7 days in Florida Itinerary

7 days in Florida Itinerary

Created using Inspirock Florida tour planner

Make it your trip
Drive
1
Sarasota
— 3 nights
Drive
2
Fort Myers Beach
— 3 nights
Drive

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Sarasota

— 3 nights
Sarasota is a city in Sarasota County on the southwestern coast of the U.S. state of Florida. Sarasota is known for adventure, museums, and zoos & aquariums. Your trip includes some of its best attractions: tour the pleasant surroundings at Lido Beach.

To find photos, reviews, other places to visit, and tourist information, read our Sarasota trip itinerary planner.

Orlando to Sarasota is an approximately 2.5-hour car ride. You can also take a bus; or do a combination of train and bus. In July, daytime highs in Sarasota are 91°F, while nighttime lows are 76°F. You'll set off for Fort Myers Beach on the 4th (Sun).

Things to do in Sarasota

Outdoors · Parks · Beaches

Side Trip

Find places to stay Jul 1 — 4:
Highlights from your trip

Fort Myers Beach

— 3 nights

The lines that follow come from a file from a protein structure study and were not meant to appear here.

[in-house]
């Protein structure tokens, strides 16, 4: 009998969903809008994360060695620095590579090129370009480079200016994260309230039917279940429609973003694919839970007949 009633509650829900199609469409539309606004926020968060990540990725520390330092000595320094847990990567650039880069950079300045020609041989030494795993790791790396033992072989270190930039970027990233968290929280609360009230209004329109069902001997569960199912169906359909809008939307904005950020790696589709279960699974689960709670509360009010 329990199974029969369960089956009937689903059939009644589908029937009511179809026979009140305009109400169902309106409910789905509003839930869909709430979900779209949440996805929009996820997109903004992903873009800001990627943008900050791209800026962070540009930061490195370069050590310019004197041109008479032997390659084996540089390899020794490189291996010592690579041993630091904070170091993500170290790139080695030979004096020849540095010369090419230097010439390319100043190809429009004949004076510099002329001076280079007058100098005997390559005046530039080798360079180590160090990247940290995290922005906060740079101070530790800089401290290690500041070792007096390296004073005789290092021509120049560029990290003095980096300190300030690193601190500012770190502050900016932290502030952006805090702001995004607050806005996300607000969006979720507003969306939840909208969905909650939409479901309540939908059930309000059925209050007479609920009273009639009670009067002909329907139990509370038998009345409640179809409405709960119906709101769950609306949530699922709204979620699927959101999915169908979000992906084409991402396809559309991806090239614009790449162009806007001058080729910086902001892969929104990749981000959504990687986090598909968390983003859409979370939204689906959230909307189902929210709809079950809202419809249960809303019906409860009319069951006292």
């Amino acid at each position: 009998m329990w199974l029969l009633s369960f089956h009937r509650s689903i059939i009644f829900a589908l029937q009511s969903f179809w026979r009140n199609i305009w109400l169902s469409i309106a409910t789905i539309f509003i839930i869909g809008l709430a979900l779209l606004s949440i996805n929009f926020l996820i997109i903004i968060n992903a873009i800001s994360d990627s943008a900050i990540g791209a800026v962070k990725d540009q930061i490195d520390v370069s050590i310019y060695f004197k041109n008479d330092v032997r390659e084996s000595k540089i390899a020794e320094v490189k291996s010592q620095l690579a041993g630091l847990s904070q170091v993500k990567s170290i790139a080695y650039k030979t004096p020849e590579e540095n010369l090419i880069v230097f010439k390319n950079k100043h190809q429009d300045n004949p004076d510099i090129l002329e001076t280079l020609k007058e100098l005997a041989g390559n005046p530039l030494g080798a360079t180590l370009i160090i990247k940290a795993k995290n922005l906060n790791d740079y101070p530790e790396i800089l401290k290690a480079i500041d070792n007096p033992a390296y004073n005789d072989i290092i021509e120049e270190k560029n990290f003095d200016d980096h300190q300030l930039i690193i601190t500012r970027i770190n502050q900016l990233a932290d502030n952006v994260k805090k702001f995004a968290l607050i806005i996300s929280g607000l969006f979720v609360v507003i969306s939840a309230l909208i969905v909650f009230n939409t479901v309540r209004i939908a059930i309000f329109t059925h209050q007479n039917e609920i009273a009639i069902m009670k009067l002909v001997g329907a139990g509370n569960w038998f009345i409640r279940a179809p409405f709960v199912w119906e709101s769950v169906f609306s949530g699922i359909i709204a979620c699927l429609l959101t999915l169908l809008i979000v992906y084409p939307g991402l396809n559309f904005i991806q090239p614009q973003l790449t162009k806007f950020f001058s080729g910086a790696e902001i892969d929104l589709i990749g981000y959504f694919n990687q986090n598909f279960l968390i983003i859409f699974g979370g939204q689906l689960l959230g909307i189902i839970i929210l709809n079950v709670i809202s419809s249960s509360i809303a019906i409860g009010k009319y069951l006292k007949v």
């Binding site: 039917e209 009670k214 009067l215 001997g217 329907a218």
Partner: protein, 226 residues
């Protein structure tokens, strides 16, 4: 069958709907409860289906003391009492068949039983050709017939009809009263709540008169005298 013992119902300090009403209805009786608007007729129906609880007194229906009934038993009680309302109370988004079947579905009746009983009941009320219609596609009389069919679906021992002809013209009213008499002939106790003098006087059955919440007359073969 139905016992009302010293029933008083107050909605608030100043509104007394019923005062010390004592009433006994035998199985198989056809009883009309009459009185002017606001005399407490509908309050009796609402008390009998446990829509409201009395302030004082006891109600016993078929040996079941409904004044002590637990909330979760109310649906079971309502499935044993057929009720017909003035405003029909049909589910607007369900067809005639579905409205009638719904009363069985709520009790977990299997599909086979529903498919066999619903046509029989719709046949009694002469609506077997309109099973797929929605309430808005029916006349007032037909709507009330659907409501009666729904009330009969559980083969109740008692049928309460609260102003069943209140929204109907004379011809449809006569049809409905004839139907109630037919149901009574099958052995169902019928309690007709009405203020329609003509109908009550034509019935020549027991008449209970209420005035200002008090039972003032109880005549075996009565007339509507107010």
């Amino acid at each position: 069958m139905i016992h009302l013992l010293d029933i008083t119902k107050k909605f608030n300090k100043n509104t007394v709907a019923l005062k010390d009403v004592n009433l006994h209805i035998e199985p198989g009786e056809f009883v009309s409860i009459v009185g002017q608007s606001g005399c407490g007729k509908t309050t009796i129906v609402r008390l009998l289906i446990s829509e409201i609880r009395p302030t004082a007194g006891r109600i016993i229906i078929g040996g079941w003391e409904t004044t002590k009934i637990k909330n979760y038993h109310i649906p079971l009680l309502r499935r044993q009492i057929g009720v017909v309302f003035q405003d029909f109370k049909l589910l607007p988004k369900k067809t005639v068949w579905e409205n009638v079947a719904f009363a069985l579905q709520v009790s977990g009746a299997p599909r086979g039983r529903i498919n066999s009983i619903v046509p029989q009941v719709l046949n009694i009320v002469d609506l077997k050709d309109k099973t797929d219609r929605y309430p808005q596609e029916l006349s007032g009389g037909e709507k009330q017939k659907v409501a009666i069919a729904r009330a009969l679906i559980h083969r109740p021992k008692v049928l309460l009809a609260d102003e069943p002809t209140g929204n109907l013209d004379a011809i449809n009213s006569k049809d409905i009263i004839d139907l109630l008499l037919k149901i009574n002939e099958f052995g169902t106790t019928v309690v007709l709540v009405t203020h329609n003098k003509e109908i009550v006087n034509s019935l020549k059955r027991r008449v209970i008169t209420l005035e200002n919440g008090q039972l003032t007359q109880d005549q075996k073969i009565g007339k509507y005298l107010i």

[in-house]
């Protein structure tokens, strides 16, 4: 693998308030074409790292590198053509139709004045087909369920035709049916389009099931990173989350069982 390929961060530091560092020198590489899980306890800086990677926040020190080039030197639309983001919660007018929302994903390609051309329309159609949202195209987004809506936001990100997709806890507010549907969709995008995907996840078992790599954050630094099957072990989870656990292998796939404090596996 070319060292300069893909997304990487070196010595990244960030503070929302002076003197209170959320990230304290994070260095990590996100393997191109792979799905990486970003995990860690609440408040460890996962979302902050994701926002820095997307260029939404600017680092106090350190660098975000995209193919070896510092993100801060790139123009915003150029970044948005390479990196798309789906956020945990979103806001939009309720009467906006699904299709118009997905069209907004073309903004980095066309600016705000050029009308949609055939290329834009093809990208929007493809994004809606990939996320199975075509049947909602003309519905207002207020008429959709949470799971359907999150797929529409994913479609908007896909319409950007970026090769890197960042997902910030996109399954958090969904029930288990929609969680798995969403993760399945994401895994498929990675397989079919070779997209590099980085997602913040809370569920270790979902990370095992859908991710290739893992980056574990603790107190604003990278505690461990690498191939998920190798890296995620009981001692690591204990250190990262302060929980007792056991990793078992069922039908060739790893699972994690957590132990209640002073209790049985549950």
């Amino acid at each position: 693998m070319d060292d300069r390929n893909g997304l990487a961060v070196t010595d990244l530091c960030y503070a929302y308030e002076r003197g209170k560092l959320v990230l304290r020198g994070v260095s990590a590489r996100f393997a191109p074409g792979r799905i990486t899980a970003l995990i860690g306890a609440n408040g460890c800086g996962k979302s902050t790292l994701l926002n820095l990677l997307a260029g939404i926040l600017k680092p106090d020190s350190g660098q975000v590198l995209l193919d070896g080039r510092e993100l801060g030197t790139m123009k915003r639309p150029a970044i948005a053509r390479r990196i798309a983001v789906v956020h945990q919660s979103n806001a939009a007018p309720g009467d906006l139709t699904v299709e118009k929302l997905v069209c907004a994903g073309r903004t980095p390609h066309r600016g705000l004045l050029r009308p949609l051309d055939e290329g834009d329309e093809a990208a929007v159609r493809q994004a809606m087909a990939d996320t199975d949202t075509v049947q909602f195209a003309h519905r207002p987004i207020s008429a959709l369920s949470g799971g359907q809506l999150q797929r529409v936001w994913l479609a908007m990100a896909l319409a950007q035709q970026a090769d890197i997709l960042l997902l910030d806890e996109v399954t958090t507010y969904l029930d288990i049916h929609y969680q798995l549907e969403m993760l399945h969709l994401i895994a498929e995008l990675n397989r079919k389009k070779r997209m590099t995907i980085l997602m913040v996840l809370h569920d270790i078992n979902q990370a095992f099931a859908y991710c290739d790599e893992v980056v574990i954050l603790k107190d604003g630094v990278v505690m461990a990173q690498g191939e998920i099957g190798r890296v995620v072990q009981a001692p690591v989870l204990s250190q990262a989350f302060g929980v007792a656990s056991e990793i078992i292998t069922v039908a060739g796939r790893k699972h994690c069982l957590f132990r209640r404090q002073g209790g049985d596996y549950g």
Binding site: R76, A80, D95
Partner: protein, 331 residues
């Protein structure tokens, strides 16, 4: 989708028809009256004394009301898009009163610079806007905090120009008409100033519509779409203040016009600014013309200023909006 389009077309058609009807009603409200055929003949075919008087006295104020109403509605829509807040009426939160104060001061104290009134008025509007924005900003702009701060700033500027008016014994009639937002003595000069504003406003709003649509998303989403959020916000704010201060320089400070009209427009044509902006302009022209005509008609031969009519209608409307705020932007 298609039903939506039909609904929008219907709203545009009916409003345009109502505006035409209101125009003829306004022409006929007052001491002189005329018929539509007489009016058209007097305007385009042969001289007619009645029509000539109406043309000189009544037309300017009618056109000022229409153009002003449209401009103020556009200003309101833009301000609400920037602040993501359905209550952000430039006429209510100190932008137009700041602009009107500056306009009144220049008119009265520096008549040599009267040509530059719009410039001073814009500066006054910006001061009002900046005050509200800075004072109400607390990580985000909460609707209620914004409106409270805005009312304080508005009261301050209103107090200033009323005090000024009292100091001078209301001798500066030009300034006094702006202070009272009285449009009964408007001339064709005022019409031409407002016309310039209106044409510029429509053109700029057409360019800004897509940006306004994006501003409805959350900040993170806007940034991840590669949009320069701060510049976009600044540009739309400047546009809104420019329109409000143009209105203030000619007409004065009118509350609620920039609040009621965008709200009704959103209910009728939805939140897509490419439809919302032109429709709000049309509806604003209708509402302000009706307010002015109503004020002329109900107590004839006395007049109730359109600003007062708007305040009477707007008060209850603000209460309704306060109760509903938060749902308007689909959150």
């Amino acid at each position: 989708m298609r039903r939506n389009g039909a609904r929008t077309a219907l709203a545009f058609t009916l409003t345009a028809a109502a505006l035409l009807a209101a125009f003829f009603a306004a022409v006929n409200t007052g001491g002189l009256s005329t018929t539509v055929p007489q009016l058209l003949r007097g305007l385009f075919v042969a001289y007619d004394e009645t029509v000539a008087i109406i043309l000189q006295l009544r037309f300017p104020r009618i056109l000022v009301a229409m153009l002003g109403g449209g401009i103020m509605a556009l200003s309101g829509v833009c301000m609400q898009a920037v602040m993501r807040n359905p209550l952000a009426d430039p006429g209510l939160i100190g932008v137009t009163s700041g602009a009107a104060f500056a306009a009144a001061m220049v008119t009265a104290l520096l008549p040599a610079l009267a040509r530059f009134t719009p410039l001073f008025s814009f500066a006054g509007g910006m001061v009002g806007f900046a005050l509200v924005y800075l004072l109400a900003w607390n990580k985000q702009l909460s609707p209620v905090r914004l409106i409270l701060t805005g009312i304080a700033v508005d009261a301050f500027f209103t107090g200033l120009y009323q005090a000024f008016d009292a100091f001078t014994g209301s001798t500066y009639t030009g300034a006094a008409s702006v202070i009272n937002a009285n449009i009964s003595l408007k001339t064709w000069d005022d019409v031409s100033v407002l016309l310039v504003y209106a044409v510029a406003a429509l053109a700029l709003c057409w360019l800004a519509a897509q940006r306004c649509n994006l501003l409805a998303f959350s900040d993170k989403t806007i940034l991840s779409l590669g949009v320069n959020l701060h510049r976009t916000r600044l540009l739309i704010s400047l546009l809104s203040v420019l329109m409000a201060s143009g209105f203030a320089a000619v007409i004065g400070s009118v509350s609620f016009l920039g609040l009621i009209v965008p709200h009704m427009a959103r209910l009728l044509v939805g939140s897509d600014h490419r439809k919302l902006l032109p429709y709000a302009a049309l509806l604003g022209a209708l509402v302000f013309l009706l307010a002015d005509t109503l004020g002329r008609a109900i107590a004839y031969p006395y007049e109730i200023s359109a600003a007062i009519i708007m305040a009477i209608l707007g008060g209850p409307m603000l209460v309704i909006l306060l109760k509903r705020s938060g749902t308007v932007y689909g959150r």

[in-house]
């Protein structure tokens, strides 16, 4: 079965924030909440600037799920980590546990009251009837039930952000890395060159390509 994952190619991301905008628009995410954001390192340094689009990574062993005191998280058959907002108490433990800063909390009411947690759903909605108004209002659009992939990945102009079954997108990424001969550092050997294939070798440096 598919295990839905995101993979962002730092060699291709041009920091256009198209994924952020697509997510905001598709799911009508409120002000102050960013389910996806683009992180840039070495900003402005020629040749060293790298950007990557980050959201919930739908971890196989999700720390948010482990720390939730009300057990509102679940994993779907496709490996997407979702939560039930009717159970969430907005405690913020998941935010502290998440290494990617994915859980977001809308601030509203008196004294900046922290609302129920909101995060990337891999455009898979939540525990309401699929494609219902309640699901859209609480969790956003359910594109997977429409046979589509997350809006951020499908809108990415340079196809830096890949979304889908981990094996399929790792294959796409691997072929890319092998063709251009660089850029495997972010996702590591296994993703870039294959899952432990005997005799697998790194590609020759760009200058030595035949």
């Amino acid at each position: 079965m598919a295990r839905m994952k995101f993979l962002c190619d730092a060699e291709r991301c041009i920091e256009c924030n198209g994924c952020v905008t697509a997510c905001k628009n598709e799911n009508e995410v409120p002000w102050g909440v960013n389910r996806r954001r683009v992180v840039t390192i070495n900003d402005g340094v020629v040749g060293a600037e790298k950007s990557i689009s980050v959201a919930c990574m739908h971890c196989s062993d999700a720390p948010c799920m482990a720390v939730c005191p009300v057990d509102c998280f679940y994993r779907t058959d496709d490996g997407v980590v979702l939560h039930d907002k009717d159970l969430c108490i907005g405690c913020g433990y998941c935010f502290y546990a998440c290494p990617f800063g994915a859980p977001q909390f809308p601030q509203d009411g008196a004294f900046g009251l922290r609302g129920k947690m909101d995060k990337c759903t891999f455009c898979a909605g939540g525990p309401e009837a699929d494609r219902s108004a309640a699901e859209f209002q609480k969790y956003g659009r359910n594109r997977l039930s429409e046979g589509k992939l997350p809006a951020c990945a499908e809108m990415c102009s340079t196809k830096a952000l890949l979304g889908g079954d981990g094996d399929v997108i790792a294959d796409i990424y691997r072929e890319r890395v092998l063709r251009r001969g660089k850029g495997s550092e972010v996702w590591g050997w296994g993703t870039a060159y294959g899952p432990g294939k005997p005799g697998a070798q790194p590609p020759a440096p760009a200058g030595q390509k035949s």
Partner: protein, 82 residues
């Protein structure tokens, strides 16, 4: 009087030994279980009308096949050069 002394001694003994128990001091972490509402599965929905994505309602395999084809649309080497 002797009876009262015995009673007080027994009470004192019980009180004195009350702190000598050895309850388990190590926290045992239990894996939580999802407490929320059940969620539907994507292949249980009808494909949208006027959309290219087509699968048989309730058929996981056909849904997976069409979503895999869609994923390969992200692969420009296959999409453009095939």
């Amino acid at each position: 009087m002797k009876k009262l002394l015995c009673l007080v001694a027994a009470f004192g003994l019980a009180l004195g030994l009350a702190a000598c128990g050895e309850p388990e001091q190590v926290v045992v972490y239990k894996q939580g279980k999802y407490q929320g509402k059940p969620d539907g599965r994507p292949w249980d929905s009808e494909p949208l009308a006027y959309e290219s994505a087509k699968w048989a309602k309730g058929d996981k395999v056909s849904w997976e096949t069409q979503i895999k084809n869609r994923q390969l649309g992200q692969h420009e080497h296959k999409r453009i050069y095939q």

Fort Myers Beach is a town located on Estero Island in Lee County, Florida, United States. Discover out-of-the-way places like Island Time Dolphin & Shelling Cruises and Castle Golf. Step out of Fort Myers Beach to go to Captiva Island and see Redfish Pass, which is approximately 40 minutes away. Next up on the itinerary: kick back and relax at Little Hickory Beach Park, hunt for treasures at Trico Shrimp Co, and don't miss a visit to Saint Raphael's Episcopal church.

Plan my trip to Fort Myers Beach with suggested itineraries provided by Inspirock.

Drive from Sarasota to Fort Myers Beach in 2 hours. Alternatively, you can take a bus. Expect a daytime high around 91°F in July, and nighttime lows around 75°F. You will have some time to spend on the 7th (Wed) before leaving for home.

Things to do in Fort Myers Beach

Outdoors · Tours · Wildlife · Parks

Side Trips

Find places to stay Jul 4 — 7:

Florida travel guide

4.4
Disney Parks & Activities · Beaches · Theme Parks
The Sunshine State
The “Sunshine State,” Florida became a favorite winter destination for the affluent crowd over a century ago. Today, the state attracts visitors from around the world with its golden beaches and modern theme parks. You can spend your entire vacation enjoying the state's highly developed seaside areas, but remember that some of Florida's best-kept secrets are in secluded locations. Visit the big cities and their comfortable resorts offering top-notch dining and nightlife, but leave some time to see the peninsula's swampy landscape, filled with wild creatures and native plants. Farther away from the tourist-packed urban areas, the untamed wetlands of Florida offer a selection of things to do, such as kayaking, boat rides, and numerous other outdoor activities.